Hazardous Materials

Hazardous materials are chemical substances, which if released or misused can pose a threat to the environment or health of a community. A hazardous materials accident can occur anywhere where chemicals are used in industry, agriculture, medicine, research and consumer goods throughout Pasquotank and Camden Counties. Communities located near chemical manufacturing or storage plants are particularly at risk, however, the greatest risk in our area are from the hazardous materials being transported on our roadways daily.

 

A hazardous material spill or release can pose a risk to life, health and property. An incident can force the evacuation of a few people, a section of a facility or an entire neighborhood or community, resulting in significant economic impact and possible property damage. Spilled material can be costly to clean up and may render the area of the spill unusable for an extended period of time. While hazardous materials incidents are generally unintentional, and associated with transportation accidents or accidents at fixed facilities, hazardous materials can also be released as a criminal or terrorist act.

 

IF A HAZARDOUS MATERIALS INCIDENT OCCURS

  • Do not intervene in any way. Move away from the accident and in a direction so that wind does not carry any fumes toward you. After you are safe, call 911 and report the nature of the accident, and if there were any identifying signs of hazardous materials (spills, fumes, placards).
  • Follow the directions of emergency responders. If you are ordered to evacuate the area, do so immediately.

 

IF ASKED TO EVACUATE

Authorities will decide if evacuation is necessary based primarily on the type and amount of chemical released and how long it is expected to affect an area. Other considerations are the length of time it should take to evacuate the area, weather conditions, and the time of day. If you are told to evacuate:

  • Remember to help your neighbors who may require special assistance--infants, elderly people and people with disabilities.
  • Leave as soon as you can.

 

 IF ASKED TO SHELTER-IN-PLACE Follow the following instructions:

  • Bring your family and pets inside.
  • Lock doors, close windows, air vents and fireplace dampers.
  • Turn off fans, air conditioning and forced air heating systems.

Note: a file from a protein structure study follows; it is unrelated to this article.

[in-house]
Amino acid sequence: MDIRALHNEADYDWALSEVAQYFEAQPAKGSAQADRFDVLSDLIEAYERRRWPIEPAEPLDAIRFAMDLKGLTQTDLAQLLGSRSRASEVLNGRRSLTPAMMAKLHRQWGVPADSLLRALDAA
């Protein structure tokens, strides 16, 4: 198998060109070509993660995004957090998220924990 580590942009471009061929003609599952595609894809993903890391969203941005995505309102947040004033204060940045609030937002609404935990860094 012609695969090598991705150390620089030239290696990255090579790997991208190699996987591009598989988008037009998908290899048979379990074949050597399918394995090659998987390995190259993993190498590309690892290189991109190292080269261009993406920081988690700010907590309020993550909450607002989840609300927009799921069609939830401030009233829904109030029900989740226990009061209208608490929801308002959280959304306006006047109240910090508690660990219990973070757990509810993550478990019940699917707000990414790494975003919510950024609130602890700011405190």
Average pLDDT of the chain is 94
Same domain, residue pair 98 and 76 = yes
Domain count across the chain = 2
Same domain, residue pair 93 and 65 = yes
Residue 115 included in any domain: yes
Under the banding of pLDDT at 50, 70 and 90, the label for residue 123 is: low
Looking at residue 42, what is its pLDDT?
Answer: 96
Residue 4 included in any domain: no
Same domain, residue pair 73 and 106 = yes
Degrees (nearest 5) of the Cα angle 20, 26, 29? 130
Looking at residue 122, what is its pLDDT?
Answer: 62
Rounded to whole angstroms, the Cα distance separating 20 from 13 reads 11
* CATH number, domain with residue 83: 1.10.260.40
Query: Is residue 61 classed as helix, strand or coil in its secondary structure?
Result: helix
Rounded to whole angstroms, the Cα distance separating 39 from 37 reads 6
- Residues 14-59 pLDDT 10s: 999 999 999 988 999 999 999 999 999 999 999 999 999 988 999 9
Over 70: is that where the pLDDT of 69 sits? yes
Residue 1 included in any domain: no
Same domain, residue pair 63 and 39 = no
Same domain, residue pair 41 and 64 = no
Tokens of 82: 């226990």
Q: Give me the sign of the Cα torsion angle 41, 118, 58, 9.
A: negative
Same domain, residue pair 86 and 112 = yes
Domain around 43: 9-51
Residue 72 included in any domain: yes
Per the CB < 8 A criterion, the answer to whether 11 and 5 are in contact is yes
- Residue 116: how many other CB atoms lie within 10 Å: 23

• Take your emergency supply kit unless you have reason to believe it has been contaminated.
  • Go into an interior room with few windows, if possible.
  • Seal all windows, doors and air vents with 2-4 mil. thick plastic sheeting and duct tape. Consider measuring and cutting the sheeting in advance to save time.
  • Cut the plastic sheeting several inches wider than the openings and label each sheet.
  • Duct tape plastic at corners first and then tape down all edges.
  • Be prepared to improvise and use what you have on hand to seal gaps so that you create a barrier between yourself and any contamination.
  • Local authorities may not immediately be able to provide information on what is happening and what you should do. Watch TV, listen to the radio or check the Internet often for official news and instructions as they become available.

 

Shelter Safety for Sealed Rooms

Ten square feet of floor space per person will provide sufficient air to prevent carbon dioxide build-up for up to five hours, assuming a normal breathing rate while resting.

However, local officials are unlikely to recommend the public shelter in a sealed room for more than 2-3 hours because the effectiveness of such sheltering diminishes with time as the contaminated outside air gradually seeps into the shelter. At this point, evacuation from the area is the better protective action to take.

Also you should ventilate the shelter when the emergency has passed to avoid breathing contaminated air still inside the shelter.